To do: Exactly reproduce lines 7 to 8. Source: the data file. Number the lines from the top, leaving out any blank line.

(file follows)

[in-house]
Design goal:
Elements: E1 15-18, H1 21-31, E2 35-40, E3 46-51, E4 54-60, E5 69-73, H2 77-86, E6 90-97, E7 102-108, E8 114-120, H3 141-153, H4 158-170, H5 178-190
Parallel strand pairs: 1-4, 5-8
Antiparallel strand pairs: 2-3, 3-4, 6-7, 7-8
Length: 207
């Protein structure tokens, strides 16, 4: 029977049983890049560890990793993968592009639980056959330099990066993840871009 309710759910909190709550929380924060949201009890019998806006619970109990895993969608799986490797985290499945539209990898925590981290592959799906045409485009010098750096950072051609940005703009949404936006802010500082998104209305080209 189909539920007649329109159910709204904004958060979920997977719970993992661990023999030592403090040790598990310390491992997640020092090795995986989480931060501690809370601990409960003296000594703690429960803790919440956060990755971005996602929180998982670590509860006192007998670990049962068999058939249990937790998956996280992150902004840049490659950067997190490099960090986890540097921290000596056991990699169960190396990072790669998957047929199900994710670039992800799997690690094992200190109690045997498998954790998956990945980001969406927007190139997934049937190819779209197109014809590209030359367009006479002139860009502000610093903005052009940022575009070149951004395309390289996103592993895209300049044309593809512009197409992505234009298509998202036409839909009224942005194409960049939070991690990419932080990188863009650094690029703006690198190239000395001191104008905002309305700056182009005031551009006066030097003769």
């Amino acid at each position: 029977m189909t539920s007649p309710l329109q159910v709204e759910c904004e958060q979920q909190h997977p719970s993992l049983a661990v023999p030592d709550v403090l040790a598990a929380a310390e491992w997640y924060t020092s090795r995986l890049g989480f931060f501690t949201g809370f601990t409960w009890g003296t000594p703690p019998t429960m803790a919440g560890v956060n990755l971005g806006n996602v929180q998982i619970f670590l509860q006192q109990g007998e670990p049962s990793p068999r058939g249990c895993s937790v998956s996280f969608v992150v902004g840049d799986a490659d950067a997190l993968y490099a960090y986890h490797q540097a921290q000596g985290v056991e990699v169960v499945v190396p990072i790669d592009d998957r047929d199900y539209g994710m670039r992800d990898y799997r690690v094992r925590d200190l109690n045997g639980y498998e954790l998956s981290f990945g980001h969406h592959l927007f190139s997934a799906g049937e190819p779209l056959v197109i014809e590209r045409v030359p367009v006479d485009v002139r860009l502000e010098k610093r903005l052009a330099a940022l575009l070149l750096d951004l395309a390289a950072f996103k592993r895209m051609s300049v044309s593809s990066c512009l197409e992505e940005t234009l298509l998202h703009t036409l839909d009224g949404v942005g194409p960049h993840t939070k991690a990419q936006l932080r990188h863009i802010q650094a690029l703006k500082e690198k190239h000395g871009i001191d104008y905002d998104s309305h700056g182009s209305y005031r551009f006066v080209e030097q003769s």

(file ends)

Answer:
């Protein structure tokens, strides 16, 4: 029977049983890049560890990793993968592009639980056959330099990066993840871009 309710759910909190709550929380924060949201009890019998806006619970109990895993969608799986490797985290499945539209990898925590981290592959799906045409485009010098750096950072051609940005703009949404936006802010500082998104209305080209 189909539920007649329109159910709204904004958060979920997977719970993992661990023999030592403090040790598990310390491992997640020092090795995986989480931060501690809370601990409960003296000594703690429960803790919440956060990755971005996602929180998982670590509860006192007998670990049962068999058939249990937790998956996280992150902004840049490659950067997190490099960090986890540097921290000596056991990699169960190396990072790669998957047929199900994710670039992800799997690690094992200190109690045997498998954790998956990945980001969406927007190139997934049937190819779209197109014809590209030359367009006479002139860009502000610093903005052009940022575009070149951004395309390289996103592993895209300049044309593809512009197409992505234009298509998202036409839909009224942005194409960049939070991690990419932080990188863009650094690029703006690198190239000395001191104008905002309305700056182009005031551009006066030097003769």
């Amino acid at each position: 029977m189909t539920s007649p309710l329109q159910v709204e759910c904004e958060q979920q909190h997977p719970s993992l049983a661990v023999p030592d709550v403090l040790a598990a929380a310390e491992w997640y924060t020092s090795r995986l890049g989480f931060f501690t949201g809370f601990t409960w009890g003296t000594p703690p019998t429960m803790a919440g560890v956060n990755l971005g806006n996602v929180q998982i619970f670590l509860q006192q109990g007998e670990p049962s990793p068999r058939g249990c895993s937790v998956s996280f969608v992150v902004g840049d799986a490659d950067a997190l993968y490099a960090y986890h490797q540097a921290q000596g985290v056991e990699v169960v499945v190396p990072i790669d592009d998957r047929d199900y539209g994710m670039r992800d990898y799997r690690v094992r925590d200190l109690n045997g639980y498998e954790l998956s981290f990945g980001h969406h592959l927007f190139s997934a799906g049937e190819p779209l056959v197109i014809e590209r045409v030359p367009v006479d485009v002139r860009l502000e010098k610093r903005l052009a330099a940022l575009l070149l750096d951004l395309a390289a950072f996103k592993r895209m051609s300049v044309s593809s990066c512009l197409e992505e940005t234009l298509l998202h703009t036409l839909d009224g949404v942005g194409p960049h993840t939070k991690a990419q936006l932080r990188h863009i802010q650094a690029l703006k500082e690198k190239h000395g871009i001191d104008y905002d998104s309305h700056g182009s209305y005031r551009f006066v080209e030097q003769s």